Sianiparv.Holder

UNITED STATES COURT OF APPEALS FOR THE NINTH CIRCUITJul 22, 2014
No. 09-73306 (9th Cir. Jul. 22, 2014)

No. 09-73306

07-22-2014

RELINA SIANIPAR, Petitioner, v. ERIC H. HOLDER, Jr., Attorney General, Respondent.


NOT FOR PUBLICATION

Agency No. A099-346-631 MEMORANDUM On Petition for Review of an Order of the Board of Immigration Appeals Before: GOODWIN, CANBY, and CALLAHAN, Circuit Judges.

This disposition is not appropriate for publication and is not precedent except as provided by 9th Cir. R. 36-3.

Relina Sianipar, a native and citizen of Indonesia, petitions for review of the Board of Immigration Appeals' ("BIA") order dismissing her appeal from the immigration judge's decision denying her application for asylum, withholding of removal, relief under the Convention Against Torture ("CAT"), and cancellation of removal. Our jurisdiction is governed by 8 U.S.C. § 1252. We review for substantial evidence the agency's factual findings. Nagoulko v. INS, 333 F.3d 1012, 1015 (9th Cir. 2003). We deny in part and dismiss in part the petition for review.

Sianipar argued to the BIA that her untimely asylum application should be excused based on changed country conditions in Indonesia, and based on the extraordinary circumstances of her pregnancy and ineffective assistance of counsel. Among other reasons, the BIA rejected Sianipar's changed country conditions and pregnancy arguments because it found that Sianipar failed to file her asylum application within a reasonable period of time. The BIA rejected Sianipar's ineffective assistance of counsel argument because she did not meet the threshold requirements of Matter of Lozada, 19 I. & N. Dec. 637 (BIA 1988). Sianipar does not raise any challenges to these findings. See Martinez-Serrano v. INS, 94 F.3d 1256, 1259-60 (9th Cir. 1996). We lack jurisdiction to consider Sianipar's equitable tolling and due process arguments regarding the one-year bar because she did not raise them to the BIA. See Barron v. Ashcroft, 358 F.3d 674, 677-78 (9th Cir. 2004) (court lacks jurisdiction to review claims not raised to the agency). Thus, we deny the petition as to Sianipar's asylum claim.

With respect to Sianipar's claim for withholding of removal, substantial evidence supports the BIA's determination that the harm suffered by Sianipar does not rise to the level of persecution. See Nagoulko, 333 F.3d at 1016-17. Even under a disfavored group analysis, substantial evidence supports the BIA's determination that Sianipar failed to establish sufficient individualized risk of persecution to establish it is more likely than not that she would be persecuted. See Halim v. Holder, 590 F.3d 971, 979 (9th Cir. 2009) (petitioner failed to demonstrate sufficient evidence of individualized risk of harm under a disfavored group analysis to establish a well-founded fear of future persecution); Wakkary v. Holder, 558 F.3d 1049, 1066 (9th Cir. 2009) ("[a]n applicant for withholding of removal will need to adduce a considerably larger quantum of individualized-risk evidence to prevail than would an asylum applicant"). We reject Sianipar's contention that this case should be remanded in light of Tampubolon v. Holder, 610 F.3d 1056 (9th Cir. 2010). Thus, Sianipar's withholding of removal claim fails.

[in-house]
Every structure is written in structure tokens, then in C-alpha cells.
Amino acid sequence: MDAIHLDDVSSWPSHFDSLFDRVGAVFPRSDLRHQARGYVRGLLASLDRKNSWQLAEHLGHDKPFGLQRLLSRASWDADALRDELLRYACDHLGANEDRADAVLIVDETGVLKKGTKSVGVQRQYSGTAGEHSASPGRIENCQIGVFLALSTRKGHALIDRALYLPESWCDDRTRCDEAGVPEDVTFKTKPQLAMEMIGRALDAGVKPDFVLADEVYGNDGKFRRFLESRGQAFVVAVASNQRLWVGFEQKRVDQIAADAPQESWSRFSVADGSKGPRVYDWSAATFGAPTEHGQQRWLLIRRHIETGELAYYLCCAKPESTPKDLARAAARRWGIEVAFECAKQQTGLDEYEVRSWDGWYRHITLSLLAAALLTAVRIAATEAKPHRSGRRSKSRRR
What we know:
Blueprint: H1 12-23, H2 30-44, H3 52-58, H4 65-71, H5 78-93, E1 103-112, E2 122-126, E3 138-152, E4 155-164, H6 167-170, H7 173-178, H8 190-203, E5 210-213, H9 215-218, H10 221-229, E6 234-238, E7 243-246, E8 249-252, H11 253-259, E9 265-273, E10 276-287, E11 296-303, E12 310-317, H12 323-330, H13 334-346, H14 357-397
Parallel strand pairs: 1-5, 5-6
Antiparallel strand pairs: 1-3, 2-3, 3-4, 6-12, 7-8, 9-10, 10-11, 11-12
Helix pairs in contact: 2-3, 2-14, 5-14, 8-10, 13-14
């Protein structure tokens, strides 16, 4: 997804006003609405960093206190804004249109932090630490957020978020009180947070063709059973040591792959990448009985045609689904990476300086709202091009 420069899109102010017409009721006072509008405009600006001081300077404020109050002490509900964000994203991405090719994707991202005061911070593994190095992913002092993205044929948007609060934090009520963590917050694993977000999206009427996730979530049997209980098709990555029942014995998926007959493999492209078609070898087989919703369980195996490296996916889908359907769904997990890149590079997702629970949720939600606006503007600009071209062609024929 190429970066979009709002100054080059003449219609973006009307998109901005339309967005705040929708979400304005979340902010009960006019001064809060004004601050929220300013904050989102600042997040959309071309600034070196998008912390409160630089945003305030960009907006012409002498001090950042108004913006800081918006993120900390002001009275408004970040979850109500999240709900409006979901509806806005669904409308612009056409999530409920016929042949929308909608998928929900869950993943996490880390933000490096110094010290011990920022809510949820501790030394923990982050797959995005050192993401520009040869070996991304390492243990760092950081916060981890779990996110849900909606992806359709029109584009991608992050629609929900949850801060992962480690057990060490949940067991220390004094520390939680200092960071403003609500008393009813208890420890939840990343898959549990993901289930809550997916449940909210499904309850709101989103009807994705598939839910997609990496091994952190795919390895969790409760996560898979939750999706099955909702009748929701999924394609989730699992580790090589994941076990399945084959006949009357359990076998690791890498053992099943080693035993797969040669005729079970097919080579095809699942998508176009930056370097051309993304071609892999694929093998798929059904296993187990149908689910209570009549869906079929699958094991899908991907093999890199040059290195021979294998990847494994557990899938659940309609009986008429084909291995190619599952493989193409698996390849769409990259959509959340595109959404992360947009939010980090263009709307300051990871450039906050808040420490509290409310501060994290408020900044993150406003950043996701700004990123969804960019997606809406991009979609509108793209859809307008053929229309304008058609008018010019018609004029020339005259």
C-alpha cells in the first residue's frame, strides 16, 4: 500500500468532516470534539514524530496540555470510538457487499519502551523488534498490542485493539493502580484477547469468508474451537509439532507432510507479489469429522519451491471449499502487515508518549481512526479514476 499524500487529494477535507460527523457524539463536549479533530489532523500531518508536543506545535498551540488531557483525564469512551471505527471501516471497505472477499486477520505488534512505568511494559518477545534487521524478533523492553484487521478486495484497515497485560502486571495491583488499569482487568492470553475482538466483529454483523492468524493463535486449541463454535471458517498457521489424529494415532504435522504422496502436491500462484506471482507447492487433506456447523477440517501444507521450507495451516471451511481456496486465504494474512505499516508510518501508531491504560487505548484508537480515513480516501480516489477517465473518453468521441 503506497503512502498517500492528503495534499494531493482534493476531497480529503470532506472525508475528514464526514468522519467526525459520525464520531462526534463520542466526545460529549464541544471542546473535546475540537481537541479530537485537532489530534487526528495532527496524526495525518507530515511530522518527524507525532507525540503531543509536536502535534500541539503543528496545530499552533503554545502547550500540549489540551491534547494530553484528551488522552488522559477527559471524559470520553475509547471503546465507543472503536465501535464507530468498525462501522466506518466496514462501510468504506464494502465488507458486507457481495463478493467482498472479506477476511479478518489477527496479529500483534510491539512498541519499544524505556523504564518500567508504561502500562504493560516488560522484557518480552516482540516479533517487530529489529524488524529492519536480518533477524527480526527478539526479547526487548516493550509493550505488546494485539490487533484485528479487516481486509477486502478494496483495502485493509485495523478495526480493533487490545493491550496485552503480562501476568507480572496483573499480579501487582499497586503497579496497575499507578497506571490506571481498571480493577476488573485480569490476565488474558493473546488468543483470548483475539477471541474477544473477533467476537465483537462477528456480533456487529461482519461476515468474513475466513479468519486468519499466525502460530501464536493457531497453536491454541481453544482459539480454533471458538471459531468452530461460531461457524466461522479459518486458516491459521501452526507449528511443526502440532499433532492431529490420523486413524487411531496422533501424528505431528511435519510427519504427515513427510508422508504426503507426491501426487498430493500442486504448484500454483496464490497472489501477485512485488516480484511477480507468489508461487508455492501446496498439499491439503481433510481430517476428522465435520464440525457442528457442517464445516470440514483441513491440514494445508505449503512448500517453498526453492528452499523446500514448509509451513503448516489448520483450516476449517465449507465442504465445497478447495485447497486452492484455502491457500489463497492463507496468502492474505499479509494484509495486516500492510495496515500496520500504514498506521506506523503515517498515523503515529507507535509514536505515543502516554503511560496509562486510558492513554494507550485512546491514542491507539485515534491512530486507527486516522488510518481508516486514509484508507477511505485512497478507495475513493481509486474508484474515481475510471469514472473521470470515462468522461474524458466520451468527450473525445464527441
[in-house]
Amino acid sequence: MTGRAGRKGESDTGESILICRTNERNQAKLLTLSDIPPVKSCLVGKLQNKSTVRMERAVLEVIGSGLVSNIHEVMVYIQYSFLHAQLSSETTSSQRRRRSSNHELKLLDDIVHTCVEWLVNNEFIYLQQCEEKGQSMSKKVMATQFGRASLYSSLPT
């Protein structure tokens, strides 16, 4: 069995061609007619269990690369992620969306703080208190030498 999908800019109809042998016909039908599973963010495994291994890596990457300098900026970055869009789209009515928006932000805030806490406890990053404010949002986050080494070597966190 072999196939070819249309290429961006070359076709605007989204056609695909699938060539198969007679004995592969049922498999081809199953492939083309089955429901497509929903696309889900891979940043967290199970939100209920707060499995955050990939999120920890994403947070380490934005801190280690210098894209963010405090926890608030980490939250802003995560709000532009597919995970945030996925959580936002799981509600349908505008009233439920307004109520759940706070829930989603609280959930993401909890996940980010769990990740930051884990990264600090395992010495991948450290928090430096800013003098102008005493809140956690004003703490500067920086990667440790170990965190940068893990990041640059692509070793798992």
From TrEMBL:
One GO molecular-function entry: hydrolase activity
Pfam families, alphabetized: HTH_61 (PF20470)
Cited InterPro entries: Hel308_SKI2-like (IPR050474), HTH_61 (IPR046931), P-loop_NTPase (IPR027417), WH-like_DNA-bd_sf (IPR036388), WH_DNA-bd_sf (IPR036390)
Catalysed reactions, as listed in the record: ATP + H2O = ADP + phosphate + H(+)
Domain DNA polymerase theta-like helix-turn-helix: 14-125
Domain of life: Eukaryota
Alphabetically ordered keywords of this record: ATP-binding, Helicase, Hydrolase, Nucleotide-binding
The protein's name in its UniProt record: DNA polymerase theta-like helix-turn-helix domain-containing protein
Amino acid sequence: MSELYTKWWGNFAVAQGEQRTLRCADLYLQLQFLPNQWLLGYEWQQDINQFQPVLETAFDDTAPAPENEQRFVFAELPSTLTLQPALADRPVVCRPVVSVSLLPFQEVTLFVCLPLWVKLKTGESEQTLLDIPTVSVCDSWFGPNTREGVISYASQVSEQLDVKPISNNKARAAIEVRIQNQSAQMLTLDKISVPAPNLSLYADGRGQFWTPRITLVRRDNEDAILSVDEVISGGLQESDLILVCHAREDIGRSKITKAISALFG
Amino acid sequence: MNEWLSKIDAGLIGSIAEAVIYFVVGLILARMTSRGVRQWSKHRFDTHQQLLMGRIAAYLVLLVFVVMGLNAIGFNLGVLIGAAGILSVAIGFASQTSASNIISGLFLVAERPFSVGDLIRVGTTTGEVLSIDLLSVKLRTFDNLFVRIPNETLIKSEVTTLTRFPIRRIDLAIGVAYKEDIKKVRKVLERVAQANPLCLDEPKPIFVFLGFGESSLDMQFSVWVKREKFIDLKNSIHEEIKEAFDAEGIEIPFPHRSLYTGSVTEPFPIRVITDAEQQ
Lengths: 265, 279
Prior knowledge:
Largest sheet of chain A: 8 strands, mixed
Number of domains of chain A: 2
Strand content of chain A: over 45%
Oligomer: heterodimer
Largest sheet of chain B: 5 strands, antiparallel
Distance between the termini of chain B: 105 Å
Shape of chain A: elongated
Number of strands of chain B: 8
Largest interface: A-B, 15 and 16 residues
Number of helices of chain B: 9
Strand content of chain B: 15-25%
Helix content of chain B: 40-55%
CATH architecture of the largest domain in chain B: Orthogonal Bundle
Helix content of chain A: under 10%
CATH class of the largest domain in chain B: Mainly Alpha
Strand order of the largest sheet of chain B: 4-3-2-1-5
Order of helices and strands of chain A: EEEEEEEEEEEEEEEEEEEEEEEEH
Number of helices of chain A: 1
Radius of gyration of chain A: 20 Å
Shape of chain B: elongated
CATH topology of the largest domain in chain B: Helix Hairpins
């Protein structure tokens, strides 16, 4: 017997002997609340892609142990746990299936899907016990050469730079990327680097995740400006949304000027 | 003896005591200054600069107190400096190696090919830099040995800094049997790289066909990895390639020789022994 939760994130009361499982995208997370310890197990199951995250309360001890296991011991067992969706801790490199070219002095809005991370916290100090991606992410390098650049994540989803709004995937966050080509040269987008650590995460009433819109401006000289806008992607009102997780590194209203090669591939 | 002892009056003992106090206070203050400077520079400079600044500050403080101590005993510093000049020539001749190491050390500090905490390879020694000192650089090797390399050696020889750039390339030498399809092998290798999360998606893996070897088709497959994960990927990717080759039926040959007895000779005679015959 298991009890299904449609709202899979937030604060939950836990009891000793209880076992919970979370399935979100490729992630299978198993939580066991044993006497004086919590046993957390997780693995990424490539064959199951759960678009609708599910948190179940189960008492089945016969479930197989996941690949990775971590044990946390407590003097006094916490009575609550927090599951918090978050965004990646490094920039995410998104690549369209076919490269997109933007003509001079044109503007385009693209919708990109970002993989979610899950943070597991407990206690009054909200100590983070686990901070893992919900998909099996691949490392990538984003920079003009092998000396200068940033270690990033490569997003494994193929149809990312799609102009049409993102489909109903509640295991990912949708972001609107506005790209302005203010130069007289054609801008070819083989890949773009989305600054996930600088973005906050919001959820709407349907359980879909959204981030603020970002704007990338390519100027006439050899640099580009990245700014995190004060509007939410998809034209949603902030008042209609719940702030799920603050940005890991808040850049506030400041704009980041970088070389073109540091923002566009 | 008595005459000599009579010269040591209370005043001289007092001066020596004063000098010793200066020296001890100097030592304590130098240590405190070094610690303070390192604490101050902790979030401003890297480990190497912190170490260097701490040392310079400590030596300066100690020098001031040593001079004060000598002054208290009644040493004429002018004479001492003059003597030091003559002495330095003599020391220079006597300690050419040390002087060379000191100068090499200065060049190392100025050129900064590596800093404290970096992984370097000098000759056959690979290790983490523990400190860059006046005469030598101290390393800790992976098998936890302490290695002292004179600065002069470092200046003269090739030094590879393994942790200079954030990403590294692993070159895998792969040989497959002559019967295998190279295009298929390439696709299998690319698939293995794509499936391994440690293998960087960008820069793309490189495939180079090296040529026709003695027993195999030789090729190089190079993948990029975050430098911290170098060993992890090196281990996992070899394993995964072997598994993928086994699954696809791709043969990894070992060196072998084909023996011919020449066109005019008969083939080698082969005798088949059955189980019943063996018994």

We lack jurisdiction over Sianipar's CAT claim because she did not exhaust it before the BIA. See Barron, 358 F.3d at 677-78.

We do not consider the new exhibit Sianipar attached to her opening brief because our review is limited to the administrative record before the BIA. See Fisher v. INS, 79 F.3d 955, 963 (9th Cir. 1996) (en banc).

We lack jurisdiction over Sianipar's claim that the BIA misapplied the hardship standard to the facts of her case and did not consider this court's decision in Tampubolon, because the claim does not raise a colorable constitutional issue. See Martinez-Rosas v. Gonzales, 424 F.3d 926, 929-30 (9th Cir. 2005) (no colorable constitutional claim where petitioner argued the agency erred in finding she did not meet the "exceptional and extremely unusual hardship" requirement). Similarly, we reject Sianipar's due process claim based on family unity considerations. See id.; see also De Mercado v. Mukasey, 566 F.3d 810, 816 (9th Cir. 2009) (rejecting due process argument regarding hardship determination based on family unity considerations).

Finally, we lack jurisdiction to review the claim that the IJ inappropriately questioned Sianipar and her counsel because that claim was not exhausted before the agency. See Barron, 358 F.3d at 677-78.

PETITION FOR REVIEW IS DENIED in part; DISMISSED in part.